So, been reading Karl Barth's "The Epistle to the Romans" and lovin' it. Something about this book has me excited and, as of yet, I can't tell you what or why for.
There was a time, when I was a freshman in undergrad, that I'd go to class then to Starbucks and just sit and read Scripture. That was it; the pure excitement of reading the Bible was enough to keep me busy – and happy - for at least two cappuccinos (back then I packed ‘em with sugar, now it’s straight black unadulterated beautiful coffee). The book of Romans in that Bible is unreadable; there are too many notes, too many different colored highlights, too many tearstains and underlinings.
Then I jumped into reading and rereading dead guys Spurgeon, Edwards, Calvin, Luther, and Scougal these men were my closest friends in those days. Friday nights would be spent at a table outside Starbucks with some old book and tea or coffee rather than a party or the movies. If it was written I read it, if it was preached I listened to it, if it was blog-able I tried to write about it (this blog has been around since those days).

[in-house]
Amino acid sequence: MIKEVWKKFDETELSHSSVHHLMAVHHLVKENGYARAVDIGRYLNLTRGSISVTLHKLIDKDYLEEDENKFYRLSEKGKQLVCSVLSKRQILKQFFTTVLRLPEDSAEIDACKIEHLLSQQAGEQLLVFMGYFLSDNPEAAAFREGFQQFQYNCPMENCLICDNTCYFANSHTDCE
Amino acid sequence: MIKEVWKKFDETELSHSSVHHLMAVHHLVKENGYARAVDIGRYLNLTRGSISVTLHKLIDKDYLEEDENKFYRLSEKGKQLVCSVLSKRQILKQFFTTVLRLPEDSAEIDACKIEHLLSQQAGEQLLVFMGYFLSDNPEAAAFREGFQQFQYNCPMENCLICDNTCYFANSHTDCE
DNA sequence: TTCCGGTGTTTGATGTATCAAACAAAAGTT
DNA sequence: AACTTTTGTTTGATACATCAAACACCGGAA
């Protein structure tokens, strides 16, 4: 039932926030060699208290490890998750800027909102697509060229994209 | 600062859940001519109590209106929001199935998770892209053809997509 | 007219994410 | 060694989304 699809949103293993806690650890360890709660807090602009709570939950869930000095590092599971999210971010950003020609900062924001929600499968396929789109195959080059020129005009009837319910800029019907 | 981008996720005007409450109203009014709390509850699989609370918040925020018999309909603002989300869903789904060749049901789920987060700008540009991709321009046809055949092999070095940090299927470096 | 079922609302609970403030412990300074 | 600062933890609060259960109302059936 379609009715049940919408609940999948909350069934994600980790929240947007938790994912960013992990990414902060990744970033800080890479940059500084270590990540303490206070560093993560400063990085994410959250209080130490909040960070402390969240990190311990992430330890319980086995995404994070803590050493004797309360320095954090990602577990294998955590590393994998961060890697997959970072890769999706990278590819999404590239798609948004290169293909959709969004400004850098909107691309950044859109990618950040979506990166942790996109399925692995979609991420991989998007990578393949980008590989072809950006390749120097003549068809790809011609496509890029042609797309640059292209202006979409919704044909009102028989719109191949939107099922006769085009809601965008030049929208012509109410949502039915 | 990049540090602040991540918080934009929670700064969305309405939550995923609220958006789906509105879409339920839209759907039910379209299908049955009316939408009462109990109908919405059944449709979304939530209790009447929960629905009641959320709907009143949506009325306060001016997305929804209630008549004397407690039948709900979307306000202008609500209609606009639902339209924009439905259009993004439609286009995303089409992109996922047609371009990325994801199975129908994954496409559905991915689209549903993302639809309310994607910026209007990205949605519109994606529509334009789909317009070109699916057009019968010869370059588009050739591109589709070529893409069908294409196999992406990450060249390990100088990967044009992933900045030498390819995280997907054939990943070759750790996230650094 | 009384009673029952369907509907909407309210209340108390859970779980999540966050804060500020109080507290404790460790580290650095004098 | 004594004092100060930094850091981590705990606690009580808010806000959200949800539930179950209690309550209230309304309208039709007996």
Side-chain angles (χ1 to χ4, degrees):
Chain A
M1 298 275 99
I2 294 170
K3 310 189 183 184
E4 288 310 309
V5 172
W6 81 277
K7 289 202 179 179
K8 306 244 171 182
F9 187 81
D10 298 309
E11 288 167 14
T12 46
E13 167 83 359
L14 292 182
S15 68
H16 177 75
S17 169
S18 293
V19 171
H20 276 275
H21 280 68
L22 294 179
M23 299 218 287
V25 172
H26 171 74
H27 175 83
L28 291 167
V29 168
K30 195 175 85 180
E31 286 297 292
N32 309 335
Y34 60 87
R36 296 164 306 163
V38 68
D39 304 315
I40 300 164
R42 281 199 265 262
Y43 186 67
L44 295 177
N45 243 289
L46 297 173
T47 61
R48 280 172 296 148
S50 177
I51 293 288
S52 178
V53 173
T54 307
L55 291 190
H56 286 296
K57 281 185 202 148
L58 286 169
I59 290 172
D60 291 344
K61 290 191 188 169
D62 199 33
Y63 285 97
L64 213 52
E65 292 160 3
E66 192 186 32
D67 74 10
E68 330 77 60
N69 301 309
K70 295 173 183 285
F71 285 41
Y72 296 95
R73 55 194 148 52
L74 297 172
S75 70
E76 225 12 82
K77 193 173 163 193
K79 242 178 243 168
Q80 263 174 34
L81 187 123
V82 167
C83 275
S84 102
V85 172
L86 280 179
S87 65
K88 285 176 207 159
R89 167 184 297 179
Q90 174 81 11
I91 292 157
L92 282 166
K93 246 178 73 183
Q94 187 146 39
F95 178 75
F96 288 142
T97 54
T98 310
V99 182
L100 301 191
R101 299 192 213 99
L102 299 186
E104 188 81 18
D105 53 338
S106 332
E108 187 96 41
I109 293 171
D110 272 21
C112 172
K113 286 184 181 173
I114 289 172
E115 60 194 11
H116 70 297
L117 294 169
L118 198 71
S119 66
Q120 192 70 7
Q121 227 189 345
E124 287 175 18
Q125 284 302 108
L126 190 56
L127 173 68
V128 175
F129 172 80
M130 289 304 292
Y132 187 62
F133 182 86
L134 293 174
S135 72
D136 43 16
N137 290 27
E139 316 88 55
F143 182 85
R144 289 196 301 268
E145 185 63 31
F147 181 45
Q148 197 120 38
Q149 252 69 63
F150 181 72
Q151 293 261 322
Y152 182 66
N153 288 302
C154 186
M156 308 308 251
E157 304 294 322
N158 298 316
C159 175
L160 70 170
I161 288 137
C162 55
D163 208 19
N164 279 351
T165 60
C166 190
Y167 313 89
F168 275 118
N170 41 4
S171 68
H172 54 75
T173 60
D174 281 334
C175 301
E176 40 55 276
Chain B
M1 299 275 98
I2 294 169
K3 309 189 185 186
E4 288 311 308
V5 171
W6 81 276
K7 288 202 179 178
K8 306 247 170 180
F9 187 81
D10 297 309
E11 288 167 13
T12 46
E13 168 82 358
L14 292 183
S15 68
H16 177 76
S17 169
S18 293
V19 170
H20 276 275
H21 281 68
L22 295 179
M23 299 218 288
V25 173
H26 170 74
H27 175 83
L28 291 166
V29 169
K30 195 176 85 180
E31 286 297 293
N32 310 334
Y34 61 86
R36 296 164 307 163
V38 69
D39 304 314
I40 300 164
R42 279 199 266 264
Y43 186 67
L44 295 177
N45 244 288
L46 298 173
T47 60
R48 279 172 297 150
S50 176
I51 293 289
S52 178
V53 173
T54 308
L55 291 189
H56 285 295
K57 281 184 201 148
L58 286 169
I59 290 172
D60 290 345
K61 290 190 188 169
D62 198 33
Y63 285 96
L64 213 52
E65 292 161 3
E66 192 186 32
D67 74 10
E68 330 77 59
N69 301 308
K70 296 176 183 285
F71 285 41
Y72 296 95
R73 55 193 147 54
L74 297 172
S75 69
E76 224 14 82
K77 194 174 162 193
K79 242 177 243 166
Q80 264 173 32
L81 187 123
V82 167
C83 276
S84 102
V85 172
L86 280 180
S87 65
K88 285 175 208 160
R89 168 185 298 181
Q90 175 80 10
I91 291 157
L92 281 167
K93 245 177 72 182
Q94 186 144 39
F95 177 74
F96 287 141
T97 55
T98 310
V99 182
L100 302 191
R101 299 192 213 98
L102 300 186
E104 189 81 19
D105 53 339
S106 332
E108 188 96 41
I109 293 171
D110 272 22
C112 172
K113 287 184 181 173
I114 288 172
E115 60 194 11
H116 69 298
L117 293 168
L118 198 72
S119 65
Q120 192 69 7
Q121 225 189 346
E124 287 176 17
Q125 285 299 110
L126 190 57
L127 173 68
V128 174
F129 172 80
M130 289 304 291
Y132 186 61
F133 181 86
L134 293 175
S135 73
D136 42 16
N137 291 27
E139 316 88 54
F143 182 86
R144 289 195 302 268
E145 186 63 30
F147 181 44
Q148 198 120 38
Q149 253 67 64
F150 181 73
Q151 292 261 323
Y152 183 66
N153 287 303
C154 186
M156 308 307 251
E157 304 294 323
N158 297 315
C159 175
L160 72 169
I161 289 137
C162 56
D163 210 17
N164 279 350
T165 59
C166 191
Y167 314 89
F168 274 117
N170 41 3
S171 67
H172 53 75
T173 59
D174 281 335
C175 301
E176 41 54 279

But sometime after those days the excitement of reading was lost – it’s not that I stopped reading, it’s that I just grunted through it. But I didn’t know I’d lost it until a couple weeks ago… That was a difficult Thursday evening realization.
Feeling the lack of enthusiasm to want to know God. Not really feeling ‘big enough’ to handle deep theology. Condemning myself for the legalism of my faith and seeing the practice of my faith as false. But God answers those ‘feeling small’ prayers.
He answered in two ways. One was a dear friend’s recommendation and the other was a ‘chance’ meeting on a plane. Two men, two identical recommendations, one a Bible-study leader and the other and Elder at a PCA church, “You should check out Karl Barth.”
So I ordered a book and watched the tracking number like a freakin’ hawk. And I’m terribly glad I did.
“Let their peace be their disquiet and their disquiet be their peace.”
“He who knows the world to be bounded by a truth (the gospel) that contradicts it; he who knows himself to be bounded by a will that contradicts him; he who, knowing too well that he must be satisfied to live with this contradiction and not attempt to escape from it, finds it hard to kick against the pricks; he who finally makes open confession of the contradiction and determines to base his life upon it – he it is that believes.”
“Jesus Christ our Lord. This is the gospel and the meaning of history.”